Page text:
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Concussion / Head Injury Resources

 

When Your Head Has Been Hurt

Many people who hurt their heads get well and have no long-term changes. Some individuals have changes that might not be noticed right away. You may see differences over the next several months that concern you. Below are some common signs that you - or someone you know - may have a mild brain injury. If you notice any of the problems on the list - AND THEY DO NOT GO AWAY - see the “What to Do” section.

HEALTH CONCERNS

Headaches

Including:

• Headache that keeps coming back

• Pain in head muscle

• Pain in head bone (skull)

• Pain below the ear

• Pain in the jaw

• Pain in or around the eyes

Pain Concerns

• Frequent neck and shoulder pain

• Other unexplained body pain

Balance Difficulties

• Dizziness

• Trouble with balance

Sensory Changes

• Bothered by smells

• Changes in taste or smell

• Appetite changes

• Ringing in the ears

• Hearing loss

• Bothered by noises

• Can’t handle normal background noise

• Blurry vision

• Seeing Double

• Hard to see clearly “hard to focus”

• Bothered by light

• Frequent neck and shoulder pain

• Feels too hot

• Feels too cold

• Doesn’t feel temperature at all

BEHAVIOR and FEELINGS - Changes in personality, mood or behavior

• Is irritable, anxious, restless

• Gets upset or frustrated easily

• Overreacts, cries or laughs too easily

• Has mood swings

• Wants to be alone or away from people

• Is afraid of others, blames others

• Wants to be taken care of

• Does not know how to interact with people

• Takes risks without thinking first

• Is sad, depressed

• Doesn’t want to do anything, can’t “get started”

• Is tired, drowsy

• Is slow to respond

• Trips, falls, drops things, is awkward

• Eats too little, eats all the time, or eats things that aren’t food

• Has different sexual behavior

• Starts using or has a different reaction to alcohol or drugs

• Takes off clothes in public

THINKING DIFFICULTIES

• Has trouble remembering things

• Has trouble paying attention

• Reacts slowly

• Thinks slowly

• Takes things too literally, doesn’t get jokes

• Understands words but not their meaning

• Thinks about the same thing over and over

• Has trouble learning new things

• Has trouble putting things in order “desk, room, papers”

• Has trouble making decisions

• Has trouble planning, starting, doing, and finishing a task

• Has trouble remembering to do things on time

• Makes poor choices “loss of common sense”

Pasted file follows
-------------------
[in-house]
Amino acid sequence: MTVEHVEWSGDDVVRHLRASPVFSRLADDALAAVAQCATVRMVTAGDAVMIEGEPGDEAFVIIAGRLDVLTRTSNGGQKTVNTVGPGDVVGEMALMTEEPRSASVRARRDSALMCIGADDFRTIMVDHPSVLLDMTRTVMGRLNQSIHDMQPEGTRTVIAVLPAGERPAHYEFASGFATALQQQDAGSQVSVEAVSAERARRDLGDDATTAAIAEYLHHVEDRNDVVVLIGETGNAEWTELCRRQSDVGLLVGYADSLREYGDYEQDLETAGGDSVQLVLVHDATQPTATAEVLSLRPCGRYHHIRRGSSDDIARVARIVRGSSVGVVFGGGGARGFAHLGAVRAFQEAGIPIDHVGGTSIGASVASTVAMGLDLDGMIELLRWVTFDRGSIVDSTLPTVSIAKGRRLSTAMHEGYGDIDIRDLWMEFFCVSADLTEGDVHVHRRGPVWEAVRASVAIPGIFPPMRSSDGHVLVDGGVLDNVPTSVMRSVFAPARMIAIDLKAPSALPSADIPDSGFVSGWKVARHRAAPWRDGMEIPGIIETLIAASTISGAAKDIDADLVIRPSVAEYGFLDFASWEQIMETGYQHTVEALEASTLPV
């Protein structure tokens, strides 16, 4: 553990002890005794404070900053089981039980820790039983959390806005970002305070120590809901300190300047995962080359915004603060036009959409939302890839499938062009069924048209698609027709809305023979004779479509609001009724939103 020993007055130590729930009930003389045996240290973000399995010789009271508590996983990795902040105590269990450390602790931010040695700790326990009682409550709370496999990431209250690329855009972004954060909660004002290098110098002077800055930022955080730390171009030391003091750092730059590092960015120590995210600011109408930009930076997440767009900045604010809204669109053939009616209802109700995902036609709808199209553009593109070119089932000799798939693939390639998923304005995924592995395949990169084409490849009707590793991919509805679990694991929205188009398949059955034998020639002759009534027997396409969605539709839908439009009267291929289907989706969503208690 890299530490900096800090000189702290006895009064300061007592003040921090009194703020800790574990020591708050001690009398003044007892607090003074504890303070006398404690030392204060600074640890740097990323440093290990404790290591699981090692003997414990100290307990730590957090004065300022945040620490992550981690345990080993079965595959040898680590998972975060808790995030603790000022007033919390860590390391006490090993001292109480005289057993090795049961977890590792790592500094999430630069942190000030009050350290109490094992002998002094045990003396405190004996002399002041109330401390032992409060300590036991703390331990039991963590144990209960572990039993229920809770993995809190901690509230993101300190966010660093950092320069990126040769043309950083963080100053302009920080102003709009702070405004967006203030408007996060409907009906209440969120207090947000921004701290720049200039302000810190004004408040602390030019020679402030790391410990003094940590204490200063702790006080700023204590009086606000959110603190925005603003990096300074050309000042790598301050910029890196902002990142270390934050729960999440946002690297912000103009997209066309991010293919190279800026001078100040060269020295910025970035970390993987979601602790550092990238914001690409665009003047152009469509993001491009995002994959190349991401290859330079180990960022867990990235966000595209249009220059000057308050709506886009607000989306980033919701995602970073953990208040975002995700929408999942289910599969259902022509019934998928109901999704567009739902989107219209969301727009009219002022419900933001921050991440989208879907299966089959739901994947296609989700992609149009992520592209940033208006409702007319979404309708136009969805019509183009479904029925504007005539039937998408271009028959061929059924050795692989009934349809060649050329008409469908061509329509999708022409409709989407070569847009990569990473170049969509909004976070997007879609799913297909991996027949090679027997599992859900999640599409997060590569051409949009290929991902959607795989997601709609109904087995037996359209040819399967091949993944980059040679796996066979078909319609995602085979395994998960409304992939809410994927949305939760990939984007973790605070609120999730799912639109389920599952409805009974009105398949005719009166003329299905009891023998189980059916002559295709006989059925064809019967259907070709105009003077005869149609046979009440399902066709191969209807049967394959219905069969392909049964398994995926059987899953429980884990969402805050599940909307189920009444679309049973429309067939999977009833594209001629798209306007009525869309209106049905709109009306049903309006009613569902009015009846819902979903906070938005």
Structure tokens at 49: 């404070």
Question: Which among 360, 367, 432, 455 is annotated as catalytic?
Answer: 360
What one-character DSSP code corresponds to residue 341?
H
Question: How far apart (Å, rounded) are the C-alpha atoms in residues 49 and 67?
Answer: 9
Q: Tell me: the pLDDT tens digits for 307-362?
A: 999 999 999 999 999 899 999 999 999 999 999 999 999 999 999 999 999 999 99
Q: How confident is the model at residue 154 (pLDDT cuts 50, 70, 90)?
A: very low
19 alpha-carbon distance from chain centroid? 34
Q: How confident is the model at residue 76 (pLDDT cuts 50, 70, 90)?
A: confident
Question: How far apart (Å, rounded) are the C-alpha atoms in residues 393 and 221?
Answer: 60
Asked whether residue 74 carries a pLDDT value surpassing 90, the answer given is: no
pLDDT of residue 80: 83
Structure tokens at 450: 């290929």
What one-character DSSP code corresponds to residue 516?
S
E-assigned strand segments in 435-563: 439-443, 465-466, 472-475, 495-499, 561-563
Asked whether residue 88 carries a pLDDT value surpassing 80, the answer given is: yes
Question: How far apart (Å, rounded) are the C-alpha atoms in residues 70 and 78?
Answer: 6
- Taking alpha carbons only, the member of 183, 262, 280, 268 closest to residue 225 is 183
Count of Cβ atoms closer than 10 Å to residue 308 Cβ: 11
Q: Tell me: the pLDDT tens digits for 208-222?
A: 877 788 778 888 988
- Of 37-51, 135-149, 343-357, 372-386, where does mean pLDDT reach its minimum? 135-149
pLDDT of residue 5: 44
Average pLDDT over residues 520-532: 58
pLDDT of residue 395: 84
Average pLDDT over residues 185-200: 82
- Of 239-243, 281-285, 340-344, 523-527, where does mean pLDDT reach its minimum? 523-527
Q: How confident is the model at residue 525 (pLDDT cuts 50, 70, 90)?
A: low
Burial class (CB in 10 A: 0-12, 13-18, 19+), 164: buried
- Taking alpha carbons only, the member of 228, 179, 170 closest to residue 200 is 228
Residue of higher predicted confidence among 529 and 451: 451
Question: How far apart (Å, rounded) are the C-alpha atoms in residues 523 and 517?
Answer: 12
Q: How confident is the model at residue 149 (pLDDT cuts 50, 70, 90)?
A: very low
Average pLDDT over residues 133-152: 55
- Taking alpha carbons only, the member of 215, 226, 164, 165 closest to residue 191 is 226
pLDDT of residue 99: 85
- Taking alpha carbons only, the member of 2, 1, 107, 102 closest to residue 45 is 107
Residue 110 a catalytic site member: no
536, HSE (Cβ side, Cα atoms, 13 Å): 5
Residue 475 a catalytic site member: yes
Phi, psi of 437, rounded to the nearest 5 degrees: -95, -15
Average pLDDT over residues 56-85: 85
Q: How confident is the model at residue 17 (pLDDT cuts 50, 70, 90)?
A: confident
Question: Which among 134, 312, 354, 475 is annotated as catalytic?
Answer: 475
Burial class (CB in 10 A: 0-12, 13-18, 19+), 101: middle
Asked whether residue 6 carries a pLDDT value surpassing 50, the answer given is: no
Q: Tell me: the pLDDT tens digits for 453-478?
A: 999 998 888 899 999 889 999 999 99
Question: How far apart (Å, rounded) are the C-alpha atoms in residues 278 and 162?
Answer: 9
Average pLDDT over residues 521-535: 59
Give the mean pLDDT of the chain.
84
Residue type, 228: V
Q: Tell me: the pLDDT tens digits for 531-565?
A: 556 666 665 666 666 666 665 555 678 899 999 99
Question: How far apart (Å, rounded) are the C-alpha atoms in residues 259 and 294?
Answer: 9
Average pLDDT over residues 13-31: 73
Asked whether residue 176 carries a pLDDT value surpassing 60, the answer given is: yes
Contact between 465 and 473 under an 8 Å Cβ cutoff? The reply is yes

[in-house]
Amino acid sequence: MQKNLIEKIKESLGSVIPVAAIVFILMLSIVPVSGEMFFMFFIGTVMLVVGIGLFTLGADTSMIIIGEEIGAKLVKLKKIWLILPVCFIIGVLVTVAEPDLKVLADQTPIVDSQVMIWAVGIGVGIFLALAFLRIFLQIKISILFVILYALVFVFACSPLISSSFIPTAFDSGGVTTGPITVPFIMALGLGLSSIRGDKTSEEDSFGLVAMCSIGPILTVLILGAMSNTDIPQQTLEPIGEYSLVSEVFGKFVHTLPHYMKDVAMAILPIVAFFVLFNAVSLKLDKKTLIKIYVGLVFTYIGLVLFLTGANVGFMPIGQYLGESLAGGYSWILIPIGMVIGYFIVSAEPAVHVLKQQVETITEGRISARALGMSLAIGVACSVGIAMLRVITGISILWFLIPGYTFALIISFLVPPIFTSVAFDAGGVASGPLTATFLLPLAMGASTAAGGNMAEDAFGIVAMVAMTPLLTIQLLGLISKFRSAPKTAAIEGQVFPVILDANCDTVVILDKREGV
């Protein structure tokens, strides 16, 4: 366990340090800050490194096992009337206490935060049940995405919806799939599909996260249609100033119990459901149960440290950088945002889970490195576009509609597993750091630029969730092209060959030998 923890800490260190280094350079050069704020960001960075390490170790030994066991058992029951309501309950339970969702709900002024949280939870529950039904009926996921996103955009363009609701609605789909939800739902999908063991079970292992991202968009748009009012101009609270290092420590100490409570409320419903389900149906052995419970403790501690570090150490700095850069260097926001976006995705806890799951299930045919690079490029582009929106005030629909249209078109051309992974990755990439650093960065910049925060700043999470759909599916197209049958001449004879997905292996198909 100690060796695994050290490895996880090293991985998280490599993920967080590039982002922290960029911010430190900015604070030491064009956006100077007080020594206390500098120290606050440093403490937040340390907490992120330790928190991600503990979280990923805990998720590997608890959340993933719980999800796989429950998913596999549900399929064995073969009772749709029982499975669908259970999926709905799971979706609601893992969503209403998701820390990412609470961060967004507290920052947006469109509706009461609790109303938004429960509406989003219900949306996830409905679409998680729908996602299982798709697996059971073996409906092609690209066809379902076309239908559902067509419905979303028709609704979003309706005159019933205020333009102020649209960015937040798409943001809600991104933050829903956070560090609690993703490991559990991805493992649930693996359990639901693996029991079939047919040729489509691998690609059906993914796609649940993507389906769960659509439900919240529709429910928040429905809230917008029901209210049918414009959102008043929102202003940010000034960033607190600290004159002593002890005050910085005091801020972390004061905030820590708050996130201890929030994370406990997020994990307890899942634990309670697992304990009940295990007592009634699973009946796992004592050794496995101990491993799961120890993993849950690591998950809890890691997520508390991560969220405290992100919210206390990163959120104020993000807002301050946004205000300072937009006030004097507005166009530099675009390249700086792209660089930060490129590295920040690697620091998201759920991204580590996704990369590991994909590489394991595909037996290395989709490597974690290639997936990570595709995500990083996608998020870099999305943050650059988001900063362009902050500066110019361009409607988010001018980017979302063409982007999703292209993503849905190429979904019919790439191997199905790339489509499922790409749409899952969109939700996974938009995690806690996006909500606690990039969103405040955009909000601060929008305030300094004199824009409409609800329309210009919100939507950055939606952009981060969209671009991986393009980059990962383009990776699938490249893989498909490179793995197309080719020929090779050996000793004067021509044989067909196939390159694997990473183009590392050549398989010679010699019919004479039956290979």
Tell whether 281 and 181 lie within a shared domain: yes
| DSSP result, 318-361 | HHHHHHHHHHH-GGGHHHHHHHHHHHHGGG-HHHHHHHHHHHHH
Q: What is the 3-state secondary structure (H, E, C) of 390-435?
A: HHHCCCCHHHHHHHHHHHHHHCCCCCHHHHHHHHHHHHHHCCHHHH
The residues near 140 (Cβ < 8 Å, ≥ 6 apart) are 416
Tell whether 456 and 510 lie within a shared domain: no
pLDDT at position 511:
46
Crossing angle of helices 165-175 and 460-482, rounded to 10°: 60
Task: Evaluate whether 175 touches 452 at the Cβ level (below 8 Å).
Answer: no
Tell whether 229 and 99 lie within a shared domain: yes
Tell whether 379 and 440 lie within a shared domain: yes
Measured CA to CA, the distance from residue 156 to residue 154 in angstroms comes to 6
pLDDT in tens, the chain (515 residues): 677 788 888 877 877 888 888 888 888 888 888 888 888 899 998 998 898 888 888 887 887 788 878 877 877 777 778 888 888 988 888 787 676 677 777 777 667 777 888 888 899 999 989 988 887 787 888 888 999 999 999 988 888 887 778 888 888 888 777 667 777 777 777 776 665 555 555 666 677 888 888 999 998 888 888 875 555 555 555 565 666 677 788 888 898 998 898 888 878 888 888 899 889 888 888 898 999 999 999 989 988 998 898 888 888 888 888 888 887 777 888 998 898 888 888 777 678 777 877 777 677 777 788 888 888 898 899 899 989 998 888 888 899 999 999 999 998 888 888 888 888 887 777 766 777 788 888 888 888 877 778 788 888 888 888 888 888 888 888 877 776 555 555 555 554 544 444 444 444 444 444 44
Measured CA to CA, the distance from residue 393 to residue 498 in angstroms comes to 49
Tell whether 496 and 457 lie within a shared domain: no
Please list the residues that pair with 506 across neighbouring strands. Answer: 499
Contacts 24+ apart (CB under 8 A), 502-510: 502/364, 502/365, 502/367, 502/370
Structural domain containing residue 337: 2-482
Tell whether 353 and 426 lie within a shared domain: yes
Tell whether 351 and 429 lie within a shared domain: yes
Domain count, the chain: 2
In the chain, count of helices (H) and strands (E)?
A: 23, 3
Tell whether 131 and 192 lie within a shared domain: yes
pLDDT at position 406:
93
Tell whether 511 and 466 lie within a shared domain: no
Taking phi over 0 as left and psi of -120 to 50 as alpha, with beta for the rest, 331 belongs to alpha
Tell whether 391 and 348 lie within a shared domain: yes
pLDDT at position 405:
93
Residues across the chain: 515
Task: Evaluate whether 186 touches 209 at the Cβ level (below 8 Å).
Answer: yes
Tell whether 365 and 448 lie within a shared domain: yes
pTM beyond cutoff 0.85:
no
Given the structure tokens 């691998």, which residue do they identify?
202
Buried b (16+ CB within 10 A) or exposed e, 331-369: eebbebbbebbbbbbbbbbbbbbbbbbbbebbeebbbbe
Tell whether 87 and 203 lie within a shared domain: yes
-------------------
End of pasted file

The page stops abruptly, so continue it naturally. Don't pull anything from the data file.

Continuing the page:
TROUBLE COMMUNICATING

• Changes the subject, has trouble staying on topic

• Has trouble thinking of the right word

• Has trouble listening

• Has trouble paying attention, can’t have long conversations

• Does not say things clearly

• Has trouble reading

• Talks too much

These changes don’t happen often. If you or someone you know notice any of the difficulties on this list and they don’t go away, contact your doctor as soon as possible.

• Severe headache that does not go away or get better

• Seizures: eyes fluttering, body going stiff, staring into space

• You seem to forget everything, amnesia

• Hands shake, tremors, muscles get weak, loss of muscle tone

• Nausea or vomiting that returns

WHAT TO DO

If you or a loved one notice any of the difficulties on this list, and they don’t go away:

Ask your doctor to refer you to a specialist in head injury who can help you learn skills (rehabilitation). Ask your doctor to have you seen by a Board-certified Neuropsychologist. This specialist can help you understand and deal with changes in behaviors and feelings due to an injury.

Call the Tennessee Traumatic Brain Injury Program for more information: 1-800-882-0611 or visit their web site here.

 

*** We have only listed the problems seen most often when someone’s head has been hurt. Not every problem that could happen is on this list.

To obtain this information in an alternative format, contact the TBI Technical Assistance Center at: 202-882-0611

Project BRAIN is supported in part by project H21MC06739-03-00 from the U.S. Department of Health & Human Services Health Resource and Services Administration, Maternal and Child Health Bureau. Additional support is from the TN Dept.of Education division of Special Education. The contents of the publication are the sole responsibility of the authors and do not necessary reflect the views of the DHHS. Project BRAIN is a project of the Tennessee Disability Coalition, implemented through a contract with the TBI Program of the TN Dept. of Health.